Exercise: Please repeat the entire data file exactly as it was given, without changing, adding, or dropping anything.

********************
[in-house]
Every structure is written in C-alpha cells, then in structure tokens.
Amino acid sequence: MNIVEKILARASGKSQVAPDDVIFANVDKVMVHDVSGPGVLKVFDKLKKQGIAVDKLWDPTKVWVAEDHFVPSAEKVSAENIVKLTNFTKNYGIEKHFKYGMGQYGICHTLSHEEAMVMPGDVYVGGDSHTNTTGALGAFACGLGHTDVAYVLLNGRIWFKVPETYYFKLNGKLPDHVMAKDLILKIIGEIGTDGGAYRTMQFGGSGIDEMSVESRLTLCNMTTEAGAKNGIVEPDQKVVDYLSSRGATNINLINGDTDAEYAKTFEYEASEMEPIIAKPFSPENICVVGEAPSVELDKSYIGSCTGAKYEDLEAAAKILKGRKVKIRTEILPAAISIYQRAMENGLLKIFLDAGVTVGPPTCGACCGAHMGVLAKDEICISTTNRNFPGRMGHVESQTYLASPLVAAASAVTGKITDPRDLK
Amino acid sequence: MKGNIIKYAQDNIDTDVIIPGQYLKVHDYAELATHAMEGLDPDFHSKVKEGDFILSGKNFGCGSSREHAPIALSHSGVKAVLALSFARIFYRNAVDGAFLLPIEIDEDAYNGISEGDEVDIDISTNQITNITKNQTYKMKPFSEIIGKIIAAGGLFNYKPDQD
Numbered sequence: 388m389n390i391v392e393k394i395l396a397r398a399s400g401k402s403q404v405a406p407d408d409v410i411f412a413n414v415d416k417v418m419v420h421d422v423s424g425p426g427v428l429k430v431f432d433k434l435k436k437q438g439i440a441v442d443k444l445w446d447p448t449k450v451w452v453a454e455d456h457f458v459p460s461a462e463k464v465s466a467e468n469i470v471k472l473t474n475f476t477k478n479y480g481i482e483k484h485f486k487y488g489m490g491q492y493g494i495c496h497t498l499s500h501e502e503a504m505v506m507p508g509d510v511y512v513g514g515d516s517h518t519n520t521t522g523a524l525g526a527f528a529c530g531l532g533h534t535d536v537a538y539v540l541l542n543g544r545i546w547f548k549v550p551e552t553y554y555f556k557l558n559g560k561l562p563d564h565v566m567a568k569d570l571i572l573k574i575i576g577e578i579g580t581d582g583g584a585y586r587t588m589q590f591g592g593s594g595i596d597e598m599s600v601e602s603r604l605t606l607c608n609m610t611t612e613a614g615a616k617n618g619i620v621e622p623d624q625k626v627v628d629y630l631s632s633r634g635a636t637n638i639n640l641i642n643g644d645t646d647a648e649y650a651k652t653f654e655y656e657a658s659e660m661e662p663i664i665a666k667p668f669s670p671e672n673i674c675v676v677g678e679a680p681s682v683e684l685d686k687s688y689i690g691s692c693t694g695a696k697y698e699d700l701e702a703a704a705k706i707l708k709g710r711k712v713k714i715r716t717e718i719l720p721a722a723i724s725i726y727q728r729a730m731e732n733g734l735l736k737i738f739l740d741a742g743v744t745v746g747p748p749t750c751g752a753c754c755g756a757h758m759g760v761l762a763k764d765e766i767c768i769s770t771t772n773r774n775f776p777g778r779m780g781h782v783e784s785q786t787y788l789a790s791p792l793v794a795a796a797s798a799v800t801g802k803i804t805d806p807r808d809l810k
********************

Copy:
[in-house]
Every structure is written in C-alpha cells, then in structure tokens.
Amino acid sequence: MNIVEKILARASGKSQVAPDDVIFANVDKVMVHDVSGPGVLKVFDKLKKQGIAVDKLWDPTKVWVAEDHFVPSAEKVSAENIVKLTNFTKNYGIEKHFKYGMGQYGICHTLSHEEAMVMPGDVYVGGDSHTNTTGALGAFACGLGHTDVAYVLLNGRIWFKVPETYYFKLNGKLPDHVMAKDLILKIIGEIGTDGGAYRTMQFGGSGIDEMSVESRLTLCNMTTEAGAKNGIVEPDQKVVDYLSSRGATNINLINGDTDAEYAKTFEYEASEMEPIIAKPFSPENICVVGEAPSVELDKSYIGSCTGAKYEDLEAAAKILKGRKVKIRTEILPAAISIYQRAMENGLLKIFLDAGVTVGPPTCGACCGAHMGVLAKDEICISTTNRNFPGRMGHVESQTYLASPLVAAASAVTGKITDPRDLK
Amino acid sequence: MKGNIIKYAQDNIDTDVIIPGQYLKVHDYAELATHAMEGLDPDFHSKVKEGDFILSGKNFGCGSSREHAPIALSHSGVKAVLALSFARIFYRNAVDGAFLLPIEIDEDAYNGISEGDEVDIDISTNQITNITKNQTYKMKPFSEIIGKIIAAGGLFNYKPDQD
Numbered sequence: 388m389n390i391v392e393k394i395l396a397r398a399s400g401k402s403q404v405a406p407d408d409v410i411f412a413n414v415d416k417v418m419v420h421d422v423s424g425p426g427v428l429k430v431f432d433k434l435k436k437q438g439i440a441v442d443k444l445w446d447p448t449k450v451w452v453a454e455d456h457f458v459p460s461a462e463k464v465s466a467e468n469i470v471k472l473t474n475f476t477k478n479y480g481i482e483k484h485f486k487y488g489m490g491q492y493g494i495c496h497t498l499s500h501e502e503a504m505v506m507p508g509d510v511y512v513g514g515d516s517h518t519n520t521t522g523a524l525g526a527f528a529c530g531l532g533h534t535d536v537a538y539v540l541l542n543g544r545i546w547f548k549v550p551e552t553y554y555f556k557l558n559g560k561l562p563d564h565v566m567a568k569d570l571i572l573k574i575i576g577e578i579g580t581d582g583g584a585y586r587t588m589q590f591g592g593s594g595i596d597e598m599s600v601e602s603r604l605t606l607c608n609m610t611t612e613a614g615a616k617n618g619i620v621e622p623d624q625k626v627v628d629y630l631s632s633r634g635a636t637n638i639n640l641i642n643g644d645t646d647a648e649y650a651k652t653f654e655y656e657a658s659e660m661e662p663i664i665a666k667p668f669s670p671e672n673i674c675v676v677g678e679a680p681s682v683e684l685d686k687s688y689i690g691s692c693t694g695a696k697y698e699d700l701e702a703a704a705k706i707l708k709g710r711k712v713k714i715r716t717e718i719l720p721a722a723i724s725i726y727q728r729a730m731e732n733g734l735l736k737i738f739l740d741a742g743v744t745v746g747p748p749t750c751g752a753c754c755g756a757h758m759g760v761l762a763k764d765e766i767c768i769s770t771t772n773r774n775f776p777g778r779m780g781h782v783e784s785q786t787y788l789a790s791p792l793v794a795a796a797s798a799v800t801g802k803i804t805d806p807r808d809l810k